Last Updated on Tuesday, 17 May 2016, 14:47 by Jomo Paul
The principals of controversial Chinese conglomerate Bai Shan Lin have written the Commissioner General of the Guyana Revenue Authority (GRA) requesting that immediate steps be taken towards the release of two vehicles that were seized in April.
In the letter prepared by the Company’s Firm C V Satram and Associates, it explicitly states that the treaty agreement between the Government of Guyana and China was violated with the seizure of the assets.
GRA, on April 5, seized a Lexus SUV bearing license plate number PRR 2888 and a Nissan mini-van with license plate number PRR-3888. Both were taken to the GRA storage bond at Eccles following the confiscation.
It is reported that Bai Shan Lin owes import tax on the two vehicles.
“The purported imposition of the liability is unlawful and the imposition of a triggered dispute between the company and the Government of Guyana which is to be dealt with under the agreement between the People’s Republic of China and the Government of the Republic of Guyana,” the letter seen by Demerara Waves states.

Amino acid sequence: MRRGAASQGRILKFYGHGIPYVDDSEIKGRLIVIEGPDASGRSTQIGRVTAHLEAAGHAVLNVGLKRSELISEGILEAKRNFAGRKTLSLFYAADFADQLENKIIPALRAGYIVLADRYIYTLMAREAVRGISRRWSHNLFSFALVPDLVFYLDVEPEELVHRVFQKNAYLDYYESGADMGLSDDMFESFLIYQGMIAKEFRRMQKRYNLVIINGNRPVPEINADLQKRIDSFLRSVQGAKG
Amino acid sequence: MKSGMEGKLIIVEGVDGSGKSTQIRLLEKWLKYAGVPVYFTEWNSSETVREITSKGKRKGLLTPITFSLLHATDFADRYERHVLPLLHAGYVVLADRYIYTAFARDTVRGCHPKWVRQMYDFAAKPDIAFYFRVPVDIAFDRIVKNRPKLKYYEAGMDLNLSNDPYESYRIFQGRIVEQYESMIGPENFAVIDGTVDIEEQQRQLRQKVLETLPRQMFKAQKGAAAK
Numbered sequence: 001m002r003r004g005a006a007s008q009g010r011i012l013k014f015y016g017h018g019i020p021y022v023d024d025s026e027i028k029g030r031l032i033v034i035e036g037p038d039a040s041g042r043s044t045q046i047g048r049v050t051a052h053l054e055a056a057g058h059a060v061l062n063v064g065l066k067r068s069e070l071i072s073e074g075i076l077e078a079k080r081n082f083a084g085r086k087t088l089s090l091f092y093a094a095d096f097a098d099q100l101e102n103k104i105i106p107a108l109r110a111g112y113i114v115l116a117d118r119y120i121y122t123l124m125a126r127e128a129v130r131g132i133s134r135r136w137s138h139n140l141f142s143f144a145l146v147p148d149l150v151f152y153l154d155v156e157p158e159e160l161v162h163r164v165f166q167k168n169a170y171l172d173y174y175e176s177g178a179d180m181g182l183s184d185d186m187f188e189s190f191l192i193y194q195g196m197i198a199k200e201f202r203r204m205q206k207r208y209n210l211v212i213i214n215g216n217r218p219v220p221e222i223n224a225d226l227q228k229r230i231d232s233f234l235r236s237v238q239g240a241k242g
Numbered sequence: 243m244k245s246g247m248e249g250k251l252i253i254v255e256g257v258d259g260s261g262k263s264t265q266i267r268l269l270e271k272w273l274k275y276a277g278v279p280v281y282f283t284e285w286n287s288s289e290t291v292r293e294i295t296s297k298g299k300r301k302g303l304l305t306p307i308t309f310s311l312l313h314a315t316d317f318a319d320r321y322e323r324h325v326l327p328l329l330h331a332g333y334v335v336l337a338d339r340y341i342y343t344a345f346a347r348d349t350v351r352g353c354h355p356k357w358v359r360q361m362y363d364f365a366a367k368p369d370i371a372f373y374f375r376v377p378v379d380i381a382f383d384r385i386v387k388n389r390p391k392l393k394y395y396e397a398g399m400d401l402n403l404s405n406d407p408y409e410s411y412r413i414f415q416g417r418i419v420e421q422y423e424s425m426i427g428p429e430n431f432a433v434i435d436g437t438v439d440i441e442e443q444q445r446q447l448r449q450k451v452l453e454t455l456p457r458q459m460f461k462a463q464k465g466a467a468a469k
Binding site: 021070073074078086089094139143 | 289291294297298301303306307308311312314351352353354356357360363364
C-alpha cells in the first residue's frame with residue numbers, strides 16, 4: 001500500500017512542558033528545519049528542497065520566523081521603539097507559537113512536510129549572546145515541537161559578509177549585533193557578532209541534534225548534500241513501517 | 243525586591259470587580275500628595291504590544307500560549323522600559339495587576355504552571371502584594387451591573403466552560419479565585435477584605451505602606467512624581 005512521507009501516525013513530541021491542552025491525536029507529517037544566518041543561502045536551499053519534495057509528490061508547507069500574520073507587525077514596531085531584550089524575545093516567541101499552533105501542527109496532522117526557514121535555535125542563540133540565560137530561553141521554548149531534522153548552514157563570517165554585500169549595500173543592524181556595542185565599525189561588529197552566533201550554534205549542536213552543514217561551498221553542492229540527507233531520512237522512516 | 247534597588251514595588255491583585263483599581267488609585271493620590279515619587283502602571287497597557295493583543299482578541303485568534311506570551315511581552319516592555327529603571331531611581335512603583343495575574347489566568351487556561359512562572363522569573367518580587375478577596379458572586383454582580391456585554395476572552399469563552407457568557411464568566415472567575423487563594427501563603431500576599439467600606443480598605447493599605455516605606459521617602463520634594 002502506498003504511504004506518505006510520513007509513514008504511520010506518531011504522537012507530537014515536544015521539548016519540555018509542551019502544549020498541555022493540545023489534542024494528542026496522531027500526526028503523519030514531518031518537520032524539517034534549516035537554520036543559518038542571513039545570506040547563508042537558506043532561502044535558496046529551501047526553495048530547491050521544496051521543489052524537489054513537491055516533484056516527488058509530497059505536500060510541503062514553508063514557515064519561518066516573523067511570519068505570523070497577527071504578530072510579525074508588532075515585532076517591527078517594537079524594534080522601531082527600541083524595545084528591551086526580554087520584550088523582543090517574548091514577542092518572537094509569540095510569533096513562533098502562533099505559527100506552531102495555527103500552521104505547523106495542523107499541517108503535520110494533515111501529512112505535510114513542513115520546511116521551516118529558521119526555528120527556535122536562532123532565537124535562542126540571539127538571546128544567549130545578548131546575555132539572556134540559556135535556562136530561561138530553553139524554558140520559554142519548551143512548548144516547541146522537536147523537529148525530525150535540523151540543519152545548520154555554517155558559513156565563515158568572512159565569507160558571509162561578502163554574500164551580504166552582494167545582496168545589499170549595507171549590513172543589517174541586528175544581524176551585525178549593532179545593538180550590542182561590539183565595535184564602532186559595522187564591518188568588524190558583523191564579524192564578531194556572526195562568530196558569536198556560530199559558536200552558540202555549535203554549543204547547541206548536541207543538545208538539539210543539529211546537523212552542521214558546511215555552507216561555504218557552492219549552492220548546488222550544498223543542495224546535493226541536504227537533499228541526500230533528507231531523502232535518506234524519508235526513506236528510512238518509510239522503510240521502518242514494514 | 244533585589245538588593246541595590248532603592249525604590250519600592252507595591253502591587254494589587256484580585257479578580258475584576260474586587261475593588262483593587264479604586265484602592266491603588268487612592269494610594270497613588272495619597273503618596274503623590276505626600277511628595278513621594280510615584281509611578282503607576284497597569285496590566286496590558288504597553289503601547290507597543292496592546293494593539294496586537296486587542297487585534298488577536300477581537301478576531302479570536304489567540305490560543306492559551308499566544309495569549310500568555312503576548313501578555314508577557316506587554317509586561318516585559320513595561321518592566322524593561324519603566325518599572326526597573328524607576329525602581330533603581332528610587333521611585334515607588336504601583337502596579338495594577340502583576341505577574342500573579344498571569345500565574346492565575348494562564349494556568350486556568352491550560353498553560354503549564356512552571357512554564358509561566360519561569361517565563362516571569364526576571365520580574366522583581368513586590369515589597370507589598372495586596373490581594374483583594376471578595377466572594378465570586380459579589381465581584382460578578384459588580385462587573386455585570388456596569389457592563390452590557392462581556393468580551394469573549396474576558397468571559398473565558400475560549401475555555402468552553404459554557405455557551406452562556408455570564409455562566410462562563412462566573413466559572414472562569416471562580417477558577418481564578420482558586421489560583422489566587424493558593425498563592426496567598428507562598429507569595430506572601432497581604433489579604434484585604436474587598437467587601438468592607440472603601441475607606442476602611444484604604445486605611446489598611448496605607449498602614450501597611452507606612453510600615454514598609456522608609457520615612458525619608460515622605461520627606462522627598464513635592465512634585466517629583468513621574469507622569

Written on May 16, the dispatch is requesting that the assets seized by the GRA be relinquished or further action be taken.
In a second letter written to Foreign Affairs Minister Carl Greenidge the company complains that “the new government seeks to dismantle the concessionary structure and has commenced to seize property.”
The second letter also states that GRA was in complete disregard of the trade agreement when it moved to seize the vehicles.
“There is an agreement a treaty between Guyana and China that if there is any dispute between the Government of Guyana and the investor from China…the treaty says that they must open of diplomatic channels only if that fails they can take further action…they should begin negotiations to resolve dispute in keeping with the treaty between Guyana and China,” Attorney Mahendra Satram stated.
It was also noted that Bai Shan Lin is suffering “severe and burdensome losses and faces action by the state to cripple its business in Guyana.”
A letter was also written to United Nations Secretary General Ban Ki Moon asking that the UN remind Guyana of its treaty obligations.
President David Granger was also copied in two of the communications.